Back to removal. Some people swear by “tick tornados.” (Look them up.) And yes — if you need to get a tick off a furry animal, by all means. But for us hairless humans, at IPM (short for “integrated pest management) we still recommend pointy, fine-tipped tweezers as the best way to remove ticks without ticking them off. Enlist help if you can’t reach the tick. Your helper, after all, might need someone to return the favor down the line.

That folklore about gooping them up with petroleum jelly or snubbing out a lit match on their buts? It’s not only folklore — it’s dangerous. Because next thing you know they’ve vomited everything that was in their stomach into your bloodstream.

In a panic? Scraping at them with your fingernail and decapitating them … same result.

Fine-tipped tweezers. Check. (Straight tweezers are fine.) Grasp right behind head. Check. Etc. Photo courtesy HealthHub.

Fine-tipped tweezers. Check. (Straight tweezers are fine.) Grasp right behind head. Check. Pull gently but firmly straight up. Check. Photo courtesy HealthHub.

So here’s what you do. Use fine-tipped tweezers to grasp the tick as close to the skin’s surface as possible. Pull upward with steady, even pressure. Try not to twist or jerk the bugger; it’s tricky enough getting the head and mouth-parts out as it is.

But if they break off? Not to worry. After all, you got the all-important abdomen off; that’s where the toxins are. So see if you can tug the head out with your tweezers. Can’t? Swab the site with rubbing alcohol (which you’d do in any case) and leave it be. Eventually they’ll come out as your skin regenerates itself from below.

Actually, the main thing is to prevent the tick getting on you in the first place. (Prevention is key to good IPM, right? Right.) Use repellents and permethrin-infused clothing. While outside, check your legs and arms periodically to see if any critters are climbing up. Shower after you come in.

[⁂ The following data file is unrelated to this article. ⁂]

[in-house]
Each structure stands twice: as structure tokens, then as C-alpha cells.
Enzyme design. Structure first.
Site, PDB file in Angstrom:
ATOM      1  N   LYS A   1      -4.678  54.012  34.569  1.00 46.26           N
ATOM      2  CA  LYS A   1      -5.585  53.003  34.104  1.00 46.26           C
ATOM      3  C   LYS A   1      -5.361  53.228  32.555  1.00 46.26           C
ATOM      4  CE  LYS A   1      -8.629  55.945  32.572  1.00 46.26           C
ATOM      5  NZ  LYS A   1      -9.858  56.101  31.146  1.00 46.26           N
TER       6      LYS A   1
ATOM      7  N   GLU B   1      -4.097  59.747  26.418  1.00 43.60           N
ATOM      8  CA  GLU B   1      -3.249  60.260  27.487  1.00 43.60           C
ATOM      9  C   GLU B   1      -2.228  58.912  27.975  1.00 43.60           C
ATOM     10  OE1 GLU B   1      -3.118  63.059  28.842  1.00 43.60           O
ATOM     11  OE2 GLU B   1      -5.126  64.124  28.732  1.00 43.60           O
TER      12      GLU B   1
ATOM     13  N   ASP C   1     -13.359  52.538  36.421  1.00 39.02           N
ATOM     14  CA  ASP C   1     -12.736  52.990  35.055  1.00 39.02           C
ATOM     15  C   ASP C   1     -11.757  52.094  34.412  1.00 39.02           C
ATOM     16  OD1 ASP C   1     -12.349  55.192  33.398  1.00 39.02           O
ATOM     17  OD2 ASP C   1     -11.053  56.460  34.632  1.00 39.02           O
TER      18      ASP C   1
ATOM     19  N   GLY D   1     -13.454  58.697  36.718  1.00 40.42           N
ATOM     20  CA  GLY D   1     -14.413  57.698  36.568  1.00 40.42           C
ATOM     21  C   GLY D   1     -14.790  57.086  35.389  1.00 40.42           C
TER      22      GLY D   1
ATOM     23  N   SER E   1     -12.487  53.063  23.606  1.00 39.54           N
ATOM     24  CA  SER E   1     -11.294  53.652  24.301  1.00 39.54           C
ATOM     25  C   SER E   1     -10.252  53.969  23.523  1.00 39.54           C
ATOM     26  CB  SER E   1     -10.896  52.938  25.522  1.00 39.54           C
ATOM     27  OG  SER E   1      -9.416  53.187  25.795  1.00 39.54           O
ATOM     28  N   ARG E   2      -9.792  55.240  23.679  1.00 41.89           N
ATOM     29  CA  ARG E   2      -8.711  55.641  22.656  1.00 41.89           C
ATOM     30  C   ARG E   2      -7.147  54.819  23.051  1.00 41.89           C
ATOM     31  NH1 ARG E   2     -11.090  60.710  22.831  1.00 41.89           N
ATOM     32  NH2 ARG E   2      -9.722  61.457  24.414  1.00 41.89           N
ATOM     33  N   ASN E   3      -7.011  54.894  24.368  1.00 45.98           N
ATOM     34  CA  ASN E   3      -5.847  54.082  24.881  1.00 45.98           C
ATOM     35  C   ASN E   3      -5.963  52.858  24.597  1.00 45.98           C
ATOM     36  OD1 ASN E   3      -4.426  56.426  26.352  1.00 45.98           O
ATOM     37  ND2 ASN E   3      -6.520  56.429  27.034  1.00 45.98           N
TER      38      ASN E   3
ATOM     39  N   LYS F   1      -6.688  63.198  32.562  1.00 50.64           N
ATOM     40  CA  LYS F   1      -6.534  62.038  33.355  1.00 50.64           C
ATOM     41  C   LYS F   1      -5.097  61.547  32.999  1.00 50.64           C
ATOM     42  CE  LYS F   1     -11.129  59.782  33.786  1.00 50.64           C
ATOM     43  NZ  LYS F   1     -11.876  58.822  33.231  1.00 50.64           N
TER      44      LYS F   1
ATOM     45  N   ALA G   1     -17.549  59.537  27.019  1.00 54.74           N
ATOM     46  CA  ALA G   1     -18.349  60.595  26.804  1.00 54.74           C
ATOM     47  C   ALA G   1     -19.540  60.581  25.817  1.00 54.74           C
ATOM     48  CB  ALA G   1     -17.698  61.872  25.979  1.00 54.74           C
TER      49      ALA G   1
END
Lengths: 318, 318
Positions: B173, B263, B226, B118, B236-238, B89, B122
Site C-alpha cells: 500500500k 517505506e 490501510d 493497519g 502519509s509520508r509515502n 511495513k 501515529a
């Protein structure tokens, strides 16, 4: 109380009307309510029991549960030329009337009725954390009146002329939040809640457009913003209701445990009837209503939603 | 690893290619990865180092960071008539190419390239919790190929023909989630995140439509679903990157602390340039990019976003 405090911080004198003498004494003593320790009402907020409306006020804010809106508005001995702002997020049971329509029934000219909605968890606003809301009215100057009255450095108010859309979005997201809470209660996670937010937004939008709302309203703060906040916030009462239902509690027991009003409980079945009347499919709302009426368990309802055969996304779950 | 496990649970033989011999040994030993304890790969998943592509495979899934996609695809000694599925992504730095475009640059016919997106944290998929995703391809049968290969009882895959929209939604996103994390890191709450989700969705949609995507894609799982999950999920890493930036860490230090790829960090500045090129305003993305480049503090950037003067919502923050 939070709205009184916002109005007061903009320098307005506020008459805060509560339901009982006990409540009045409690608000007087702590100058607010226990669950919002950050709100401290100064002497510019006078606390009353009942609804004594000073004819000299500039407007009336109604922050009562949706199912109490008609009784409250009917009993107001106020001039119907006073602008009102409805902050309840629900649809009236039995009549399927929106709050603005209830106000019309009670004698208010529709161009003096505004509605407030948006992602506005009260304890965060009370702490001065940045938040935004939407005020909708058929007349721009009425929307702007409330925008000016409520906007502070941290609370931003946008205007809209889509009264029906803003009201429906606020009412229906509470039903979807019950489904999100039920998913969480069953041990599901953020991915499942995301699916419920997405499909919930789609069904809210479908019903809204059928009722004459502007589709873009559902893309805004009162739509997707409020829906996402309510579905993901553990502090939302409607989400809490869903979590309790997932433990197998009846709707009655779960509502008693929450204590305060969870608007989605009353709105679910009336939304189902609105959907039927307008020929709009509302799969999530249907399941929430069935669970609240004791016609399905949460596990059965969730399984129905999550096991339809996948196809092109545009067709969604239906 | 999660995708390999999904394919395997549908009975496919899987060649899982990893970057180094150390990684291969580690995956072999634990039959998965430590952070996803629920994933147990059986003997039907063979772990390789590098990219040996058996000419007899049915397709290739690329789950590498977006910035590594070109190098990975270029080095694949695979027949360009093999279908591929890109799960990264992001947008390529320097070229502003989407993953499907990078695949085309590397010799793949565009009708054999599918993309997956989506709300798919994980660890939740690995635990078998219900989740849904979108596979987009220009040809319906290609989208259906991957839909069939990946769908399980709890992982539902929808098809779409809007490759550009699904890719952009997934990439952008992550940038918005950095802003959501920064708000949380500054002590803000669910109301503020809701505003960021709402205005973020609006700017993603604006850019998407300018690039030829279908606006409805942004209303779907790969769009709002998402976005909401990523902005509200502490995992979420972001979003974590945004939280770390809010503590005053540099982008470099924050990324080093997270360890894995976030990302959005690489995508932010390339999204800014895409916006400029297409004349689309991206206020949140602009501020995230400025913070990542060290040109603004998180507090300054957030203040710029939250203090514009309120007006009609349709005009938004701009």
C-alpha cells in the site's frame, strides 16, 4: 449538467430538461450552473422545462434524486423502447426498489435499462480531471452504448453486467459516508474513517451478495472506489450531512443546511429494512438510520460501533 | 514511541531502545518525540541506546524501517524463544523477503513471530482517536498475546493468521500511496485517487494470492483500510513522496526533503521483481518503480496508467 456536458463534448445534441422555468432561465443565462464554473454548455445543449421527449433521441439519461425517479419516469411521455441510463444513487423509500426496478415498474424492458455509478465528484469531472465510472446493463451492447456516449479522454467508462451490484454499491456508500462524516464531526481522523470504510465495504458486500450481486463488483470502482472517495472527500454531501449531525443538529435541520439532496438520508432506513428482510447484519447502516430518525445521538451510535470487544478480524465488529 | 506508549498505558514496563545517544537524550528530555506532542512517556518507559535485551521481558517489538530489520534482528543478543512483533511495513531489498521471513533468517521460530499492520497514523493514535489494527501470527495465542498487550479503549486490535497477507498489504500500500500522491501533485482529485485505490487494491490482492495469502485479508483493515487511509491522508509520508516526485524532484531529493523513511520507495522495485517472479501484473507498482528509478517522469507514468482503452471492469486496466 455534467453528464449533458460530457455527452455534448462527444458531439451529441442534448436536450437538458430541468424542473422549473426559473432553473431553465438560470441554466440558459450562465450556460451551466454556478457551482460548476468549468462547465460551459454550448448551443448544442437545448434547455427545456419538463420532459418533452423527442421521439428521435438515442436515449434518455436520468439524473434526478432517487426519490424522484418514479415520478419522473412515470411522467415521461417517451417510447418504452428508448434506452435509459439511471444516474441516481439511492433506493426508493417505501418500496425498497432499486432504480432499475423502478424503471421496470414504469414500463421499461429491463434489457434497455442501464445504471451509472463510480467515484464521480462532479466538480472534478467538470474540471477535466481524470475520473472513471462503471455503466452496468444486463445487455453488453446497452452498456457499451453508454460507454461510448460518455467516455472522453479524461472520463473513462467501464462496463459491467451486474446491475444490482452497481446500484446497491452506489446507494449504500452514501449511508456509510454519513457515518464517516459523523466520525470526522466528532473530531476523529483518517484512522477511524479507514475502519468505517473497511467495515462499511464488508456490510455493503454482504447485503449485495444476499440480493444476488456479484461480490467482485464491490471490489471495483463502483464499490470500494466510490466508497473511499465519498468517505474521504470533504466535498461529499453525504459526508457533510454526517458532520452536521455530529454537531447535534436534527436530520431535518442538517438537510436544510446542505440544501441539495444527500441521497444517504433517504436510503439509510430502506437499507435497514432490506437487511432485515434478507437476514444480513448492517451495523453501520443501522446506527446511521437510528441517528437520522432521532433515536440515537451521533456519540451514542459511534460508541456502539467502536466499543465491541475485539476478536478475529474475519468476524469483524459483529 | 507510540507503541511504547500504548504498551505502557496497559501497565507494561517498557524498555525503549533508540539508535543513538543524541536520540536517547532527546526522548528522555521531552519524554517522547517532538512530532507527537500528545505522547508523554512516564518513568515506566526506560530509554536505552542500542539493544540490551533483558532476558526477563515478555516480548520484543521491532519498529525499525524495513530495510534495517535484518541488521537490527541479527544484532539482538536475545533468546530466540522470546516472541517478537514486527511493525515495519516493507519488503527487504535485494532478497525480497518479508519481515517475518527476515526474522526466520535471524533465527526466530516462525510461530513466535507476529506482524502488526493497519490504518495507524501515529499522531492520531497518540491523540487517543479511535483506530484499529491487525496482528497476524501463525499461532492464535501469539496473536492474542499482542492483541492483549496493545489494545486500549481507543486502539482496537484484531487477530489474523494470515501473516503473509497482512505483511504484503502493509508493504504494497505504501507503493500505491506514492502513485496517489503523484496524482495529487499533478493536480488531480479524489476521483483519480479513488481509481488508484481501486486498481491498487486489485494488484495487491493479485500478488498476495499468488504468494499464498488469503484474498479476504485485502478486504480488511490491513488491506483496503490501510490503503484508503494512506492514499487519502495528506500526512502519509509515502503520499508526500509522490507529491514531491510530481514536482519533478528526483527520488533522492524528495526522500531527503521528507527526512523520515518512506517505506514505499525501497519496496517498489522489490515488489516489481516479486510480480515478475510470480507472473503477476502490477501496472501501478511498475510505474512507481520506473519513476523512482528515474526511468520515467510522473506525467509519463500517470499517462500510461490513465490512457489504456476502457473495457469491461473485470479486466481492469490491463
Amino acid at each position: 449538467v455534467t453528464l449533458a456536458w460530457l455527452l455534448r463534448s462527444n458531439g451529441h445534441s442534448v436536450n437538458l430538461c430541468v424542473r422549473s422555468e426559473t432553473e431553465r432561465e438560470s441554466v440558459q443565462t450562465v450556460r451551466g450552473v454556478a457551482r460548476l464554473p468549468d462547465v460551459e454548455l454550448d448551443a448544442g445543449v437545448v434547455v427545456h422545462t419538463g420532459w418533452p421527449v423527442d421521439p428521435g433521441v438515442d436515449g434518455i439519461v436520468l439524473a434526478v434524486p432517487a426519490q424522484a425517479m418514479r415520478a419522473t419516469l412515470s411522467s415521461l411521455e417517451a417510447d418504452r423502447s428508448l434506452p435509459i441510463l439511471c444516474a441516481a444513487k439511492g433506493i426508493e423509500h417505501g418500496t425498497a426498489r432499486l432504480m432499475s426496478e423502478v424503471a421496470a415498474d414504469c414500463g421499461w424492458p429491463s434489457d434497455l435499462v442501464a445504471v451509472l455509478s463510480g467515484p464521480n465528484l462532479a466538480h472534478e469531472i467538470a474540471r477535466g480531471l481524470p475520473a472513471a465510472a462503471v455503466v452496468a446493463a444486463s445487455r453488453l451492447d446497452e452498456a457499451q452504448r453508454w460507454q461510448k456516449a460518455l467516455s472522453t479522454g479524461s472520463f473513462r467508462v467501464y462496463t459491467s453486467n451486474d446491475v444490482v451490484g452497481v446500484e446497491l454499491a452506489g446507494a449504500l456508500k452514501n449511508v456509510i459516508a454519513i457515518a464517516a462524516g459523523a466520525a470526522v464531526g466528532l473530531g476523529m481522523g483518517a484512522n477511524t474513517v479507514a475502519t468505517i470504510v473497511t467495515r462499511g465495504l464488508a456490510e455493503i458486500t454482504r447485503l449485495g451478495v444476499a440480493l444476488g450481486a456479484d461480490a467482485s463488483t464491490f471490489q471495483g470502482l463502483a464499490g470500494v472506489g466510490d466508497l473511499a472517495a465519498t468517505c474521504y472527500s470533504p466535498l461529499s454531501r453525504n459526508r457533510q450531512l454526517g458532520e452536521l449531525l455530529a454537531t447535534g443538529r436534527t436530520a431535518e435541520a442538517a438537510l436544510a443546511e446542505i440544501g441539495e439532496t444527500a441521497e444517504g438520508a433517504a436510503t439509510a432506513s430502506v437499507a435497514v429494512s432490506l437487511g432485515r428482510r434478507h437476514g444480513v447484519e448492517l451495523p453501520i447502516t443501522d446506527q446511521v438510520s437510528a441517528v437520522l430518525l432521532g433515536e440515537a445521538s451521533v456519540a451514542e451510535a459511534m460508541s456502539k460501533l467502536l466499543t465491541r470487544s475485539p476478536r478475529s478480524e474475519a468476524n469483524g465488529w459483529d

Most important? The daily tick check. Make it check part of your evening routine — floss, brush teeth, tick check.

I promised to acknowledge those co-infections. Right now it’s just this simple list: anaplasmosis, babesia, bartonella. (Can ticks actually transmit bartonella? Unclear. Also: you might find ehrlichiosis listed in online site. It’s actually a complex of several different bacterial diseases. One is anaplasmosis. This stuff gets complicated fast. Which is why I’ll get to the details in another post.)

And yes, there’s lots more tick-borne diseases, but to our knowledge here at IPM, blacklegged ticks don’t carry them. That promised post, btw, will note not just characteristics of these diseases, but list diseases carried by other types of ticks.

Closing remarks: Best reason for ditching the name “deer tick”? It suggests that deer are the problem. Well, yes, ticks do infest deer, and deer can travel widely, so yes, they carry them around in the literal sense and ticks will drop off here and there. But no, deer don’t vector (aka “carry”) Lyme disease. Look to mice, chipmunks, and shrews for that.